The controlled chaos of Tokyo lends itself well to two contrasting visual styles — maximalist and minimalist. The former can be seen in the hurried scenes with countless people and buildings seemingly stacked on top of one another, while the latter is found in the organized neatness and attention to detail in this metropolis.

Tokyo Minimalism

Tokyo-born Yokohama-based photographer Maki Shinohara is interested in the minimal, the mundane, the calm face of the city. She doesn’t plan or arrange the scenes she captures. She loves spontaneity and takes pleasure in discovering overlooked beauty in her daily life.

“I had a realization about the minimal beauties around me and thought, ‘I want to share these beauties with others who might not have noticed them yet!’ That’s what inspired me to start my Instagram journey,” Shinohara says when we talk about her growing Instagram account named Minimalism Tokyo.

Minimalist photography follows the philosophy of minimalist and abstract painting, stripping down as much as possible to get to the core of an object or a scene. It relies on geometry, lines, sometimes colors (unless it’s black-and-white minimalist photography), negative space and composition. We see this in Shinohara’s photos, as she captures shadows on a wall or a lonesome phone booth. She loves pops of color and sunbathed scenes, reminiscent of Wes Anderson’s visual language. It’s a cotton candy arm world one wants to be in.

We talked more about Shinohara’s photos and the stories behind them.

tokyo minimalism maki

Photo by Natsuhiko Kakutani

1. How long have you been interested in photography?

I’ve been passionate about art since I was a kid, but I discovered my love for photography much later. In 2017, I rediscovered my love for photography. I had a realization about the minimal beauties around me and that’s what inspired me to start my Instagram journey.

Interestingly, my friends mentioned that I had already been interested in taking photos with disposable cameras during my student years.

2. What was your first camera that you remember?

I began my photography journey with an iPhone and later purchased the Fujifilm XT30 for its current minimal styles. However, if I recall correctly, my very first camera was the Ricoh R10. Now, I use Fujifilm X-S10.

3. What makes you focus on minimalist everyday scenes?

I have a deep appreciation for clean and simple compositions with high-contrast and vivid colors, particularly in graphic design, fashion, and interior decorations. These are elements I intentionally incorporate into my work. However, the minimal and beautiful scenes I discover are often naturally created by other people, things, or sometimes Mother Nature. While they may not be intended for photography, they captivate me.

4. Tell us some of the stories behind your photos.

So, there are tons of favorite photos in my collection, but let me tell you about this super special one — the “tree family” pic I snapped with my iPhone in September 2019.

Tree Family

I used to spot them from the Odakyu train, always thinking how cute they looked like a little tree family huddled together. The trouble was, I was constantly on the move, never able to hop off the train and capture them.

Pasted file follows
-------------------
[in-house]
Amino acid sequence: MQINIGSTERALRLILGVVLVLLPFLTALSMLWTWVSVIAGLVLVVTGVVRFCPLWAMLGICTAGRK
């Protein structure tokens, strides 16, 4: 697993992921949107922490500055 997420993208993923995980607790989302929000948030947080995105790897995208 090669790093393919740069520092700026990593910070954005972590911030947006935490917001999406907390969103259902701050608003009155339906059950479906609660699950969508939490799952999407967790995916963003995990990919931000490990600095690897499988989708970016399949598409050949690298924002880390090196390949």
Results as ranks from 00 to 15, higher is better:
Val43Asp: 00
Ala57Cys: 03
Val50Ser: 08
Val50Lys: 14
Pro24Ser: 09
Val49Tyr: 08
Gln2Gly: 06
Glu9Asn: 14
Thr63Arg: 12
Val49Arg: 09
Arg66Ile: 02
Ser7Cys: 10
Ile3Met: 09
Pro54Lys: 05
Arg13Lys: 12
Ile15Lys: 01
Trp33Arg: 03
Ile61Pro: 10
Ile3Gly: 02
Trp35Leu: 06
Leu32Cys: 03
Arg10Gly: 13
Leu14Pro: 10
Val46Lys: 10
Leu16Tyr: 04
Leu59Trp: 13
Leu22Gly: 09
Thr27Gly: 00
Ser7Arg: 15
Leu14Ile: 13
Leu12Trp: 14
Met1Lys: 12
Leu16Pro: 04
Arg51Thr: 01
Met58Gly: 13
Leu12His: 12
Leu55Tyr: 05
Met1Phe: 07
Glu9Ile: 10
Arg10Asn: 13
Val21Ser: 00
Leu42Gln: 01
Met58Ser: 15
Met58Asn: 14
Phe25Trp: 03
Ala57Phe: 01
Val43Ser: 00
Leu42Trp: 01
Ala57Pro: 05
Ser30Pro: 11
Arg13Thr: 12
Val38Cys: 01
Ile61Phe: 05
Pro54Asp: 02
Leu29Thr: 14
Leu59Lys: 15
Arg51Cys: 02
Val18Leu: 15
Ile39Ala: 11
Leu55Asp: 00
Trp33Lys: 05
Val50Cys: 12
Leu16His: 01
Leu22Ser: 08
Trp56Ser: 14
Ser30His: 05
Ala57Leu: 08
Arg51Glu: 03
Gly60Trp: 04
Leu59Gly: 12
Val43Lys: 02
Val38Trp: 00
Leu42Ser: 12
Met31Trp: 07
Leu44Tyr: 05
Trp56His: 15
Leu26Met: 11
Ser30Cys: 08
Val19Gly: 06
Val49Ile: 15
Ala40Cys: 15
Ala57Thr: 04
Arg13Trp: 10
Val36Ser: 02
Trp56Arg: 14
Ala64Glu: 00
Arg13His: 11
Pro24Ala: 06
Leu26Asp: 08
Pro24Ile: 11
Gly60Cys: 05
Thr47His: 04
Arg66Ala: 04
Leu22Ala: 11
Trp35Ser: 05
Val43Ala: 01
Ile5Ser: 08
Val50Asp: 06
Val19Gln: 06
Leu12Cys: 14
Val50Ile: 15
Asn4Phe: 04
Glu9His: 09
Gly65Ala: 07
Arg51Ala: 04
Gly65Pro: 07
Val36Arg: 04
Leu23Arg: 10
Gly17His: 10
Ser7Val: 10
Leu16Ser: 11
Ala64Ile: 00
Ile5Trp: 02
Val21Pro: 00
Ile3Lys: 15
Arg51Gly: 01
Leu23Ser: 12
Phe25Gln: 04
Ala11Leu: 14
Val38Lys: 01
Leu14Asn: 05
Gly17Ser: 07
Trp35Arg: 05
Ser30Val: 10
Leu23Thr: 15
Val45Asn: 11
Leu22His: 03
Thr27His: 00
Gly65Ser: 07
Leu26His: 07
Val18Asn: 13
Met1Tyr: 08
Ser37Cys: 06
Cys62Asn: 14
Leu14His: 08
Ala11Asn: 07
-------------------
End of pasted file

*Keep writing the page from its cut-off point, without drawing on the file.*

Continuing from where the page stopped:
Then, out of the blue, the perfect moment came. I finished work early, caught the train on a sunny day, and thought, ‘Why not say hi to them?’ That’s how I got that photo. Sadly, they were gone by October 2019 due to a big typhoon.

I’m glad I got that pic to remember them, but it’s a bummer we lost such an iconic tree family on Tama River. I’ll never see them again, but they are still in my heart and that’s the magic of photography, right? It’s emotional for me because what you capture today might not be there tomorrow. So, if there’s something you want to do now, just go for it. Things might not wait around for you.

5. Describe a photo you wanted to take, but couldn’t.

I’ve had some experiences where I refrained from taking pictures — whether I was busy, with coworkers, or just thinking I could capture them later. However, when I returned to those spots later on, I often found that the scenery had changed — shadows, lighting, or the overall composition was different.

Reflecting on my answer above, I’ve come to realize that I shouldn’t hesitate to take a picture whenever the opportunity arises. This shift in mindset has resulted in fewer missed moments for me now.

6. In your photos some objects can even be considered ugly by some people (hoses, bins, cones, etc.) but you turn them into a beautiful photo composition. What are your thoughts on the aesthetic of the ugly?

The funny thing is that I’ve never perceived these objects as ugly when I photograph them. Somehow, they appear as fun objects to me. If you break down fixed ideas you may have, even garbage can be a unique accent to enhance the beauty of a scene.

7. What kind of space is Instagram for you?

As mentioned earlier, the initial reason behind starting my Instagram journey was to share overlooked beauties with those who might not notice them. However, it has evolved into a community of individuals who see the same or similar values in life, extending beyond just photography. Through this platform, I’ve connected with numerous amazing people, collaborated on projects, captured moments together, and shared inspiring thoughts. My life wouldn’t be as enriching without this app.

8. What is your next goal?

Probably to hold an exhibition or create a zine.

9. What advice do you have for our explorations of Tokyo?

For those reading this from different countries, if you visit Japan, I encourage you to explore not only the touristy or well-known places but also venture into areas that may not be featured in guidebooks. Take the time to wander aimlessly and discover hidden gems. I’m confident that by doing so, you’ll encounter unique and personal moments that will become your own favorite memories in Japan.

Minimalism Tokyo Gallery

Related Posts